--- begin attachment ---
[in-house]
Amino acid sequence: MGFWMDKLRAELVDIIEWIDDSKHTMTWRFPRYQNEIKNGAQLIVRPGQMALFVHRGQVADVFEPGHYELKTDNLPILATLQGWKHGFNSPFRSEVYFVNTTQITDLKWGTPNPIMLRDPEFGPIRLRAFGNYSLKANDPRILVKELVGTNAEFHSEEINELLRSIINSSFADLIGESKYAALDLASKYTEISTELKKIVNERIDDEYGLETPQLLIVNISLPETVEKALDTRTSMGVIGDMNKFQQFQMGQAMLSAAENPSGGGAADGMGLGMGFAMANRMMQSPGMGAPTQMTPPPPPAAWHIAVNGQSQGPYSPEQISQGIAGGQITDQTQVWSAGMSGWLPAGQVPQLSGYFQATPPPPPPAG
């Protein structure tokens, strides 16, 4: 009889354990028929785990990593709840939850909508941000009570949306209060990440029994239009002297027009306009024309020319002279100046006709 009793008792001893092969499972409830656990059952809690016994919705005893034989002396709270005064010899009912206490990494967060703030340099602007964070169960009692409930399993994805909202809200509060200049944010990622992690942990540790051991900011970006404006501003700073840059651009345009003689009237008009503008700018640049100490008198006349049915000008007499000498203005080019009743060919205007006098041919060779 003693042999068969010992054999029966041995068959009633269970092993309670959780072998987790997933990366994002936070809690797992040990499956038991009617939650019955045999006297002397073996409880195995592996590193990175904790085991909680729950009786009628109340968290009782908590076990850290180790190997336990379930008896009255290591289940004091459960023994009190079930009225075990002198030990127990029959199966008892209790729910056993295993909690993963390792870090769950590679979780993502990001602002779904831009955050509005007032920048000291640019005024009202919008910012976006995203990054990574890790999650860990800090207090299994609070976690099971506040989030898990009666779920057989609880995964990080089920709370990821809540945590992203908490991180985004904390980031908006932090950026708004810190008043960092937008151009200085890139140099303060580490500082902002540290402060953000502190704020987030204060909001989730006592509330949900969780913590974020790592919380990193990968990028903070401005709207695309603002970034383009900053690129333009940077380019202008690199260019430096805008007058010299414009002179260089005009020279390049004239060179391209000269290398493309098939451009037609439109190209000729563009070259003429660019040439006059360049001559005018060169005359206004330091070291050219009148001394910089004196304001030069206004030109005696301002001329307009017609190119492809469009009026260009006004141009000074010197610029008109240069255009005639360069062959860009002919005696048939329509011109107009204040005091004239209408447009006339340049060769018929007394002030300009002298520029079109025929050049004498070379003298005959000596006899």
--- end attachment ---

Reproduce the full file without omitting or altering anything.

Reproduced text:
[in-house]
Amino acid sequence: MGFWMDKLRAELVDIIEWIDDSKHTMTWRFPRYQNEIKNGAQLIVRPGQMALFVHRGQVADVFEPGHYELKTDNLPILATLQGWKHGFNSPFRSEVYFVNTTQITDLKWGTPNPIMLRDPEFGPIRLRAFGNYSLKANDPRILVKELVGTNAEFHSEEINELLRSIINSSFADLIGESKYAALDLASKYTEISTELKKIVNERIDDEYGLETPQLLIVNISLPETVEKALDTRTSMGVIGDMNKFQQFQMGQAMLSAAENPSGGGAADGMGLGMGFAMANRMMQSPGMGAPTQMTPPPPPAAWHIAVNGQSQGPYSPEQISQGIAGGQITDQTQVWSAGMSGWLPAGQVPQLSGYFQATPPPPPPAG
């Protein structure tokens, strides 16, 4: 009889354990028929785990990593709840939850909508941000009570949306209060990440029994239009002297027009306009024309020319002279100046006709 009793008792001893092969499972409830656990059952809690016994919705005893034989002396709270005064010899009912206490990494967060703030340099602007964070169960009692409930399993994805909202809200509060200049944010990622992690942990540790051991900011970006404006501003700073840059651009345009003689009237008009503008700018640049100490008198006349049915000008007499000498203005080019009743060919205007006098041919060779 003693042999068969010992054999029966041995068959009633269970092993309670959780072998987790997933990366994002936070809690797992040990499956038991009617939650019955045999006297002397073996409880195995592996590193990175904790085991909680729950009786009628109340968290009782908590076990850290180790190997336990379930008896009255290591289940004091459960023994009190079930009225075990002198030990127990029959199966008892209790729910056993295993909690993963390792870090769950590679979780993502990001602002779904831009955050509005007032920048000291640019005024009202919008910012976006995203990054990574890790999650860990800090207090299994609070976690099971506040989030898990009666779920057989609880995964990080089920709370990821809540945590992203908490991180985004904390980031908006932090950026708004810190008043960092937008151009200085890139140099303060580490500082902002540290402060953000502190704020987030204060909001989730006592509330949900969780913590974020790592919380990193990968990028903070401005709207695309603002970034383009900053690129333009940077380019202008690199260019430096805008007058010299414009002179260089005009020279390049004239060179391209000269290398493309098939451009037609439109190209000729563009070259003429660019040439006059360049001559005018060169005359206004330091070291050219009148001394910089004196304001030069206004030109005696301002001329307009017609190119492809469009009026260009006004141009000074010197610029008109240069255009005639360069062959860009002919005696048939329509011109107009204040005091004239209408447009006339340049060769018929007394002030300009002298520029079109025929050049004498070379003298005959000596006899």